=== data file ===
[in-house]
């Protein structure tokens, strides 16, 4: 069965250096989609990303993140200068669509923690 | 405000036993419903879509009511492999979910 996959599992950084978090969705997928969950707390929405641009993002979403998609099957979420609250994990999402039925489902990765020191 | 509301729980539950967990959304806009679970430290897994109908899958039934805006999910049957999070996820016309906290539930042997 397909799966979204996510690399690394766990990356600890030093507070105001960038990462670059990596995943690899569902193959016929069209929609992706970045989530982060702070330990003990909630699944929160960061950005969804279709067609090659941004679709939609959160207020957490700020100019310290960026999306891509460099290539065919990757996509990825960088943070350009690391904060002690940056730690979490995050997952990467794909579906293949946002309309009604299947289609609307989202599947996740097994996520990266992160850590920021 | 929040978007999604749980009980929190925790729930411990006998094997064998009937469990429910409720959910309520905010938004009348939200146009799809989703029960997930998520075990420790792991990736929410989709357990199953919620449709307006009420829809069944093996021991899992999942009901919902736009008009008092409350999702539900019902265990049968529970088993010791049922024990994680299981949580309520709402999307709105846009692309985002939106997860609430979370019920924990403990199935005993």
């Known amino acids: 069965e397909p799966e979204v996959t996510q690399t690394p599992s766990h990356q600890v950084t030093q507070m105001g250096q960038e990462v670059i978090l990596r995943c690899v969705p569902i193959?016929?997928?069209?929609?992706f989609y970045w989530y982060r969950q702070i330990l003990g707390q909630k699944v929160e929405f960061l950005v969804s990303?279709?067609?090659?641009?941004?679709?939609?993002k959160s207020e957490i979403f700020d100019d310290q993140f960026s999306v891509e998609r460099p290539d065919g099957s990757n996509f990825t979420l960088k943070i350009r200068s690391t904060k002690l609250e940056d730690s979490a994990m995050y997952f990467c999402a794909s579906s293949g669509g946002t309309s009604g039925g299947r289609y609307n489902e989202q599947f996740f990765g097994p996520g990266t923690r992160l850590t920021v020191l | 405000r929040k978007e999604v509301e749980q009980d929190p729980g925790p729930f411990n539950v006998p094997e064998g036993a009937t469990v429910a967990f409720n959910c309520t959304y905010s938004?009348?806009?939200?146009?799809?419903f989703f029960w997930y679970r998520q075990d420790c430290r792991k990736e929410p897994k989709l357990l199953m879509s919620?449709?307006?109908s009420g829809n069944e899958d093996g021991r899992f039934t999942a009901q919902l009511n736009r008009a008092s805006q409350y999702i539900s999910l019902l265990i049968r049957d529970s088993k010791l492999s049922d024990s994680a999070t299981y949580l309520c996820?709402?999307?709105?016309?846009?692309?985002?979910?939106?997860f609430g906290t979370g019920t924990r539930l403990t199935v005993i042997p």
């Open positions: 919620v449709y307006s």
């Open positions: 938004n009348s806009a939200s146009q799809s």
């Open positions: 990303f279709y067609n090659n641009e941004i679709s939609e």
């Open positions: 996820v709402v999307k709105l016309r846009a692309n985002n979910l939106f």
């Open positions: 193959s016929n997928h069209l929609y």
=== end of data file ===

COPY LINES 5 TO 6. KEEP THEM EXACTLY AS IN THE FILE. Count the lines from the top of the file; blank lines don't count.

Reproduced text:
């Open positions: 938004n009348s806009a939200s146009q799809s």
């Open positions: 990303f279709y067609n090659n641009e941004i679709s939609e």